The All Purpose Trail Bikes


In 1986 they finally came out with a respectable XR250R (in my opinion anyway) then in 2004 they stopped making them. Now I’ll have a fresh one ‘till I die!

They Typically Still Get No Respect!

Seems like I’ve always had XR’s around, my 200’s and 350’s precede the 250’s that I own. They are a good platform stock, kind of pedestrian really, but can be made into something pretty darn effective and fun to ride with some real suspension components and a little more life breathed into them. It’s almost impossible to even think about selling one off when it still works so well. They’re hard to replace and only require the maintenance of a claw hammer.

-Click to enlarge most images on this page-

The 2004 XR250R Ohlins Fork & Shock

The 1986 XR250R WP Fork & Shock

2004 XR250R Ohlins 1986 XR250R WP

The basic specs of my 2004

Recently sold to my brother

The 2004 was a far easier process getting dialed in after so long owning and refining the ‘86. Bought it lightly used, tore it all the way down and built a turn key finely tuned and dialed in machine on the first kick! It was a one two punch, first I did one for my friend Jeff, then did my own.

There were goodies galore available for this bike when it came out, problem was that most of them were NOT improvements at all! Boy we bought some bummer crap, but it ended up being a great machine after sifting through some aftermarket garbage! Just the one bike for me that I still have, But we ended up doing a total of 4 for Jeff! A 1986, ‘87, ‘93 and a 1995.

  • Frame and Suspension
  • Ohlins rear shock for XR250, +1.5 mm length to balance with front
  • Ohlins 46 mm OR a Marzocchi 45 mm Shiver inverted fork, re-valved & re-sprung for application
  • BRP Billet upper and lower clamp set, special 20 mm offset for 2005 CR250R, modified for XR with pocketed billet steering stops, billet headlight support, upper clamp sleeve for stem diameter.
  • Steering stem machined from 7075 billet allowing for maximum grip length in clamps, XR bearing diameters and longer overall length for thicker clamp set.
  • Stainless billet oversize (+2 mm) front axle with machined 7075 aluminum axle sleeve nut.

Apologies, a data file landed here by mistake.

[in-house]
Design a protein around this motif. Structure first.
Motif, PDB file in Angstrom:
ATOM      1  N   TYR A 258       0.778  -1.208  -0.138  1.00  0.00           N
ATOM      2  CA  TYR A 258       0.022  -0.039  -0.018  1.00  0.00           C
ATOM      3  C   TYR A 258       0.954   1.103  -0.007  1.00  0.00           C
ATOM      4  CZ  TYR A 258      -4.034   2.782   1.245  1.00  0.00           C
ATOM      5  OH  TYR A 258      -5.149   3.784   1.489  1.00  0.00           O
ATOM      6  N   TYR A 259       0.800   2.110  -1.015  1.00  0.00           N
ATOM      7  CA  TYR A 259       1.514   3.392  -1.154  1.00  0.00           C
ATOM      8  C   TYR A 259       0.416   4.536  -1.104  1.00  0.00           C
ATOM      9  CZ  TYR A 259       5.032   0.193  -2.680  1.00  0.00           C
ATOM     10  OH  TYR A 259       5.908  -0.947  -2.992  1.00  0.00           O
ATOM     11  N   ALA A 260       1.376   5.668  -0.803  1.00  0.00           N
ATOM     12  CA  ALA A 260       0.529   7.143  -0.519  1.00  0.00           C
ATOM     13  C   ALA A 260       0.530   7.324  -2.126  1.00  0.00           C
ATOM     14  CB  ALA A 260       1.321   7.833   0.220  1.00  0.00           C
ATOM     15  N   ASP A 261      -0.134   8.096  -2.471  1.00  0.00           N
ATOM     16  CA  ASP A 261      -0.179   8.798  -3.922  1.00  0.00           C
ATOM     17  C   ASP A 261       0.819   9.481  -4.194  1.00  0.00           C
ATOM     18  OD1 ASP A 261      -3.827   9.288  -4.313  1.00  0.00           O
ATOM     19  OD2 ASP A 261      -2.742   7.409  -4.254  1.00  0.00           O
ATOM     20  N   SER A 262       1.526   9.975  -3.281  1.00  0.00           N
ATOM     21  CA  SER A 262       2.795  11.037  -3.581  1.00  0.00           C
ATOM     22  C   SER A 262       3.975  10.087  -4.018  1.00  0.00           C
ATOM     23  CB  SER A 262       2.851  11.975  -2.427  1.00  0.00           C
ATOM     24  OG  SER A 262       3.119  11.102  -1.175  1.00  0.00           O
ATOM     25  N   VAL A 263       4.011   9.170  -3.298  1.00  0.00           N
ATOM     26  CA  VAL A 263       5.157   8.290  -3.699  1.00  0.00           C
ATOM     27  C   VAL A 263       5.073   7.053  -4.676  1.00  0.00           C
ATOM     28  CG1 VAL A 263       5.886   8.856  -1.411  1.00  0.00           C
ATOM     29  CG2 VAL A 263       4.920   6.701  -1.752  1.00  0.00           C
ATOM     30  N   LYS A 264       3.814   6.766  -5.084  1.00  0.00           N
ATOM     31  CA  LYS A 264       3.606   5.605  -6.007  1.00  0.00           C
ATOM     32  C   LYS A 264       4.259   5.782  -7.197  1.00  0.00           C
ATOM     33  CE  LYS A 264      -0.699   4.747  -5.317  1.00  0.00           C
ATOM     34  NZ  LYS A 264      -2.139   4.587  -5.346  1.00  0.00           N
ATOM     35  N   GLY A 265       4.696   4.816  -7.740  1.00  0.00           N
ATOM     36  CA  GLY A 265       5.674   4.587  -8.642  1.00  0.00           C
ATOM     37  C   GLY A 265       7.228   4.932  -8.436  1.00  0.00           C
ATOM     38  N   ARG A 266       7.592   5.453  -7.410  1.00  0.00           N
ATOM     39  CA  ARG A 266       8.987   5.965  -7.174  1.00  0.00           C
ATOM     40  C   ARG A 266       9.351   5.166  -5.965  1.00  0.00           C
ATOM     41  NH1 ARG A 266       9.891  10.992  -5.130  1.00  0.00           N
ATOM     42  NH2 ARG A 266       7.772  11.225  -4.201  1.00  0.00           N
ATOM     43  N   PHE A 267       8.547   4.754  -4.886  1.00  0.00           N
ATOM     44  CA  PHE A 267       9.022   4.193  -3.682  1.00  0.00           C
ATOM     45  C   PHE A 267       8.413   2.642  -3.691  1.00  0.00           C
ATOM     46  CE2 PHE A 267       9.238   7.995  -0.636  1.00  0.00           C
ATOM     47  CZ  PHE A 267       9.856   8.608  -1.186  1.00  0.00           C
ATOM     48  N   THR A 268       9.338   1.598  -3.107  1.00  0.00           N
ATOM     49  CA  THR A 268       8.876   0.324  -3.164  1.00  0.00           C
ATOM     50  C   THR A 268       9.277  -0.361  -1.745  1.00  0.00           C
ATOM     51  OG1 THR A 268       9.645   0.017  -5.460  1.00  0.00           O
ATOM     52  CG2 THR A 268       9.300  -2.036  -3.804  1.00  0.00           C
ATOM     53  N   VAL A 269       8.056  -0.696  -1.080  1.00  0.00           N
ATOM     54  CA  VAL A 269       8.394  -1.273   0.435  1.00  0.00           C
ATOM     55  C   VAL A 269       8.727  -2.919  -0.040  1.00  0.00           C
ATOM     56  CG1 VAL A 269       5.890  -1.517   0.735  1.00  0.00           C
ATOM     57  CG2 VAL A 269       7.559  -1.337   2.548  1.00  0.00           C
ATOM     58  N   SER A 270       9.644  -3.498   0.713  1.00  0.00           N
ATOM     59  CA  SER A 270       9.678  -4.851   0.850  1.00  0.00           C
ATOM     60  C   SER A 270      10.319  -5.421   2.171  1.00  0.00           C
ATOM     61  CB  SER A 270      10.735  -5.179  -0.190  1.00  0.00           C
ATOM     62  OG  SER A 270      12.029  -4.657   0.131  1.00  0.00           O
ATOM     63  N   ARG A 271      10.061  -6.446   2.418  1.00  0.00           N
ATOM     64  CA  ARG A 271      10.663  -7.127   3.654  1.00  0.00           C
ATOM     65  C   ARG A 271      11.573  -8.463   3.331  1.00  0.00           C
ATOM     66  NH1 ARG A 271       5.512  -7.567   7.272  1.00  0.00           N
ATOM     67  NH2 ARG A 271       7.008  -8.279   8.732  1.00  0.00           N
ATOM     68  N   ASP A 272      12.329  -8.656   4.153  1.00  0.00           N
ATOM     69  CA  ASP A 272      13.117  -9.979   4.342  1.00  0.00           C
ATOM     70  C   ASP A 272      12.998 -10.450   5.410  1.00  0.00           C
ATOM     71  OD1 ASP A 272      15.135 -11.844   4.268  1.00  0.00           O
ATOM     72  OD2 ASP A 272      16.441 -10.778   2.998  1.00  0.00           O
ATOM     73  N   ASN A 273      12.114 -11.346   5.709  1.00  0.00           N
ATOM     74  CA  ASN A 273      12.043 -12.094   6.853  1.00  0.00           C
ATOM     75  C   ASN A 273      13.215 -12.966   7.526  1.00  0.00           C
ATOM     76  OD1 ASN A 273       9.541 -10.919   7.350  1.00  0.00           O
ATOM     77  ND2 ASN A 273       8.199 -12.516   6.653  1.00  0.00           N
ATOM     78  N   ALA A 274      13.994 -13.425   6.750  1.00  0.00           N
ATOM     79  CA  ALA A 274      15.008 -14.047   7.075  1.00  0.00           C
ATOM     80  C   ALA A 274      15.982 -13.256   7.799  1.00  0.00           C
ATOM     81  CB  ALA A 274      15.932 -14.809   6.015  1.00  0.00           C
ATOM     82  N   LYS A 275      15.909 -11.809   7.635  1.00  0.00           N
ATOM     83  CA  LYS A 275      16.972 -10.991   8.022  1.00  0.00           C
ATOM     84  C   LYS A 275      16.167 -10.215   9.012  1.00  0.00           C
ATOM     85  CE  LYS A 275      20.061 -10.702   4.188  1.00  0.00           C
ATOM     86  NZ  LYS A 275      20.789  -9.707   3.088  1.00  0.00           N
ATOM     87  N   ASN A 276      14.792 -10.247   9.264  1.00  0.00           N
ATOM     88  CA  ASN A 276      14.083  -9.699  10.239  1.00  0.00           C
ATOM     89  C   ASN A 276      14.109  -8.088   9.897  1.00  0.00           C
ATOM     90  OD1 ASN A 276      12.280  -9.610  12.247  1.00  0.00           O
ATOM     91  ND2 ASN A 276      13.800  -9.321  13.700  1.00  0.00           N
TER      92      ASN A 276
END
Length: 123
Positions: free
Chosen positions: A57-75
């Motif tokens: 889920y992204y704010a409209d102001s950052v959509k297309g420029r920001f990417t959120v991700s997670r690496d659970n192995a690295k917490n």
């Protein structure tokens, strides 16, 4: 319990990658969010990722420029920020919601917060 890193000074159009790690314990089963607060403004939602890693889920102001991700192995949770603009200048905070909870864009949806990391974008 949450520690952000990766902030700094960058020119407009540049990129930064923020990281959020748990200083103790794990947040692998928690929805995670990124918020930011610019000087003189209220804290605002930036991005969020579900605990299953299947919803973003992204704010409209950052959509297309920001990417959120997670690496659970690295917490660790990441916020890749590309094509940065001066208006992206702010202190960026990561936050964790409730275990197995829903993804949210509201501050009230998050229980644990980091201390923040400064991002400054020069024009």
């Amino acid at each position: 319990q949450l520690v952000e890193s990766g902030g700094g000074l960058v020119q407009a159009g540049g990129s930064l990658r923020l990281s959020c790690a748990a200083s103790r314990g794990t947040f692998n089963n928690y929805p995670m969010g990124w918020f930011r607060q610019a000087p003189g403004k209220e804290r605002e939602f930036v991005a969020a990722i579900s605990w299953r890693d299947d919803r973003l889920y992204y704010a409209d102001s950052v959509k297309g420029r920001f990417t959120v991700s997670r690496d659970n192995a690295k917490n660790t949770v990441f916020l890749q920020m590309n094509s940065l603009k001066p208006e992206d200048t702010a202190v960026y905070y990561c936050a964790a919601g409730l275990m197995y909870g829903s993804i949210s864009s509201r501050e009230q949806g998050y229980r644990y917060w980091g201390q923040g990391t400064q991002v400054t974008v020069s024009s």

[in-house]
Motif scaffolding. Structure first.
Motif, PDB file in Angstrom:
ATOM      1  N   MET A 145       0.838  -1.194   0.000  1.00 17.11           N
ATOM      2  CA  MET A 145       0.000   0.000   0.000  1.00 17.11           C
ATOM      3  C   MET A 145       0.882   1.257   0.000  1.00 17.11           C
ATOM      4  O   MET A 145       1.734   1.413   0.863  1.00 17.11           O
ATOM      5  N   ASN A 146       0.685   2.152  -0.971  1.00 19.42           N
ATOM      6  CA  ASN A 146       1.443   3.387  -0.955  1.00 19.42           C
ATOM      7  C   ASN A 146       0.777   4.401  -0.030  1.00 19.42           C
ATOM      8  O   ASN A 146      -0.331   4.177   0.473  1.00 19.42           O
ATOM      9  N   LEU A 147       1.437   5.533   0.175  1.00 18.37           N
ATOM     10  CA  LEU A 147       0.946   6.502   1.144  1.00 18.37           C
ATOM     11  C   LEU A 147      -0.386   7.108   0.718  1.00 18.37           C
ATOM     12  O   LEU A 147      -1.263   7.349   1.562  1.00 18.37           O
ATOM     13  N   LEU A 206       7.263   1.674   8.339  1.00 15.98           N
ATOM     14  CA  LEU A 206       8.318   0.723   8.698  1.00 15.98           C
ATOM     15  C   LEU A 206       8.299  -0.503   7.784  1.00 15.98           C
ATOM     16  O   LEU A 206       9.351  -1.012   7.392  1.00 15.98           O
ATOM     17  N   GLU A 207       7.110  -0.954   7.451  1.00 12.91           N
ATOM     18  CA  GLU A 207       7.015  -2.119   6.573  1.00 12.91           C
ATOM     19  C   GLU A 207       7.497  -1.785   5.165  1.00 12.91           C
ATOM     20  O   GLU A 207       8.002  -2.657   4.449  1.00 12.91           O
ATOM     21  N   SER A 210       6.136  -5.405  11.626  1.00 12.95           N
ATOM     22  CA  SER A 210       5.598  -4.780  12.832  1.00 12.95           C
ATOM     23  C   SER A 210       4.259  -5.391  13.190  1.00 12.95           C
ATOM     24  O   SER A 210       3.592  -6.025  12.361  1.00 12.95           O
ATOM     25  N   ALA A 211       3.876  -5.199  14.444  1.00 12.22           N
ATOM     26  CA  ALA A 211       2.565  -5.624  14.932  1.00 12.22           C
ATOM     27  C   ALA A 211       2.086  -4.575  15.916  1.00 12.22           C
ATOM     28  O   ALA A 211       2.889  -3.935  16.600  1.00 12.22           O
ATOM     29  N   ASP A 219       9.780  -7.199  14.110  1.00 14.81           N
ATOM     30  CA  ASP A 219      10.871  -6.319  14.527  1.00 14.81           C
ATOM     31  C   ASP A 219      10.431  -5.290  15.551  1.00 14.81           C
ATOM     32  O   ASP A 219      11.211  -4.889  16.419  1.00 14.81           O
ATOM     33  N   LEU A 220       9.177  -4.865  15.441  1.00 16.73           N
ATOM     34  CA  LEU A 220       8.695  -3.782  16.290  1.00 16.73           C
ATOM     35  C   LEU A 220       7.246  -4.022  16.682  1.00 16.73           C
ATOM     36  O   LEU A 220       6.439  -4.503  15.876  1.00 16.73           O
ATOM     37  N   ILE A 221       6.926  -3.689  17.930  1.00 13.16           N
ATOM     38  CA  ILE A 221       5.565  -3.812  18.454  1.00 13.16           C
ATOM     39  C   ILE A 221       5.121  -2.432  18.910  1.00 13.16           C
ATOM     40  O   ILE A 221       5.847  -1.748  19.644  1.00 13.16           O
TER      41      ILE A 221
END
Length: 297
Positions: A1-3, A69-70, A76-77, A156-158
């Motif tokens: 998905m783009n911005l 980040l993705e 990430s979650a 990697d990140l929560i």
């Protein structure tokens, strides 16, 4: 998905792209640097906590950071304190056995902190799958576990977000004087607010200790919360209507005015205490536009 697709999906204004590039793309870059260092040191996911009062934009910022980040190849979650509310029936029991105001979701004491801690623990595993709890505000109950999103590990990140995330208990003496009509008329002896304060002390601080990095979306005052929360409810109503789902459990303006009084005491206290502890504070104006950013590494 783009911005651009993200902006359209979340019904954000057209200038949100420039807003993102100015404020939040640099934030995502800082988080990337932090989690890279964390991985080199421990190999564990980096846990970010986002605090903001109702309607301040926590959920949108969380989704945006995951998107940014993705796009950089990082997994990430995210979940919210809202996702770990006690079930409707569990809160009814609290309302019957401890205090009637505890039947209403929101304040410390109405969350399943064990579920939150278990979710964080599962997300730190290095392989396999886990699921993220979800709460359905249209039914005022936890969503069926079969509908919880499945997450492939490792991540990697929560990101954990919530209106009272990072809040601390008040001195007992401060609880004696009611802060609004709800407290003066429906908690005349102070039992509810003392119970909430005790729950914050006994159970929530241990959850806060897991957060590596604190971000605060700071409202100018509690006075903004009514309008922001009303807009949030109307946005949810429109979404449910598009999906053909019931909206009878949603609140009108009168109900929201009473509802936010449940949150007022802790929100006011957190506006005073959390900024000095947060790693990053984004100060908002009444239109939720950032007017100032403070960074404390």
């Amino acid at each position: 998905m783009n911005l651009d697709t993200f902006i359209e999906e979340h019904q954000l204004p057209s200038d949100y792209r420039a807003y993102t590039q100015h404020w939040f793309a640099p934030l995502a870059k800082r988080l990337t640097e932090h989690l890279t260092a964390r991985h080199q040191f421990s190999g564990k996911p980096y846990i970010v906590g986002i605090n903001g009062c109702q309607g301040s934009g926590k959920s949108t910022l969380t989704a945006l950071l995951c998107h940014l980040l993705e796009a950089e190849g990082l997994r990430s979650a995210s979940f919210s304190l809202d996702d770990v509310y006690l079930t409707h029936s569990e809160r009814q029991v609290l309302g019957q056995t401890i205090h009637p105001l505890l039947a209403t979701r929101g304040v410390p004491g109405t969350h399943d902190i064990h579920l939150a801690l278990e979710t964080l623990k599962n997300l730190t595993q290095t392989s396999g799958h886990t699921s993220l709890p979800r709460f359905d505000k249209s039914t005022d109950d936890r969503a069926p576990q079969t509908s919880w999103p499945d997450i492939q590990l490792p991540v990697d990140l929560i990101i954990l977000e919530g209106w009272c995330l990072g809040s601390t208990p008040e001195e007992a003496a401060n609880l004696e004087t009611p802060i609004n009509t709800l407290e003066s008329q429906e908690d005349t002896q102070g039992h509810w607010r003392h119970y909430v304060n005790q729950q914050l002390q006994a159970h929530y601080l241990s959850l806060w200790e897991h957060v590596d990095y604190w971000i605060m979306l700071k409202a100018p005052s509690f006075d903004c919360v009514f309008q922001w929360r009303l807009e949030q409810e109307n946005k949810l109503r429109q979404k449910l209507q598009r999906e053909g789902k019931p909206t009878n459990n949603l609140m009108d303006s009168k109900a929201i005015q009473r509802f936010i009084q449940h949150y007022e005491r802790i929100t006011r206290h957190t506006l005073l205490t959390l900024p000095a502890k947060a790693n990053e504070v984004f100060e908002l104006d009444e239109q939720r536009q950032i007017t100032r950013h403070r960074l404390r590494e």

• Speedo drive, bearing hub collar and spacer modified for +2 mm axle. Longer KJ9 speedo cable with custom cable guide.
  • Integrated Stainless caliper spacers
  • Pro Taper bars, SX top bar clamp, lower rubber mount handlebar bushing with solid nylon upper.
  • Grease fittings installed on Swing Arm pivot.
  • 14T counter, 51T stealth sprocket (3.64 ratio) with RK GXW Gold chain.
  • XR400 kickstand
  • CRD frame guards
  • CRD modified skid plate
  • Michelin S12 tires front & rear
  • IMS pro stock pegs
  • Galfer S/steel braid brake lines F&R
  • Brake caliper Speed bleeders F&R
  • Frame & Suspension
  • WP 4054 Multi-Adjuster fork, a kit was offered by White Bros. made by ProTec that had the billet clamps, axle and basic components for fit-up.
  • WP 46 mm Multi-Adjuster remote reservoir shock specifically for this model. Both the fork and shock are completely reworked and re-sprung.
  • Pro Taper CR mid bars. Rubber/solid mounting
  • Top shock mount is adjustable by captured veneer eccentric to adjust rear ride height.
  • 14T counter 50T Sunstar sprockets RK O-ring chain
  • Michelinn S12’s front & rear
  • Galfer S.S. braid brake hose
  • Late Nissin CR front brake master & caliper with speed bleeders
  • Late XR headlight shell # plate
  • Numerous lightweight aluminum fasteners throughout
  • Engine
  • Bored to 300cc 10.2:1 piston
  • Cylinder head port and polished, D shape, increased valve bowl capacity
  • Glass bead finish -Matched manifolds and header pipe
  • Precision 3 angle valve job
  • Nickel bronze bushed small end rod
  • 35 mm KeiHin FCR pumper carb (Perfectly dialed in, I was installing these on machines years before they first came out as stock production on the first YZ426’s)
  • XR600R Intake boot
  • Intake box and cage mods
  • Mandrel bent, hand made, purged, TIG welded exhaust header/collector by Master Bob Strode.
  • 2 Exhaust tail sections, White Bros. MegAlloy and modified stock can with step-up mid pipe.
  • XR400R oil cooler (double size of std. 250R)
  • Engine
  • Bored to 277 cc with J&E 10.5:1 piston.
  • Kibblewhite intake and exhaust valves
  • Cylinder head port and polished, D shape, increased valve bowl capacity.
  • Glass bead finish -Matched manifolds and header pipe.
  • Precision 3 angle valve job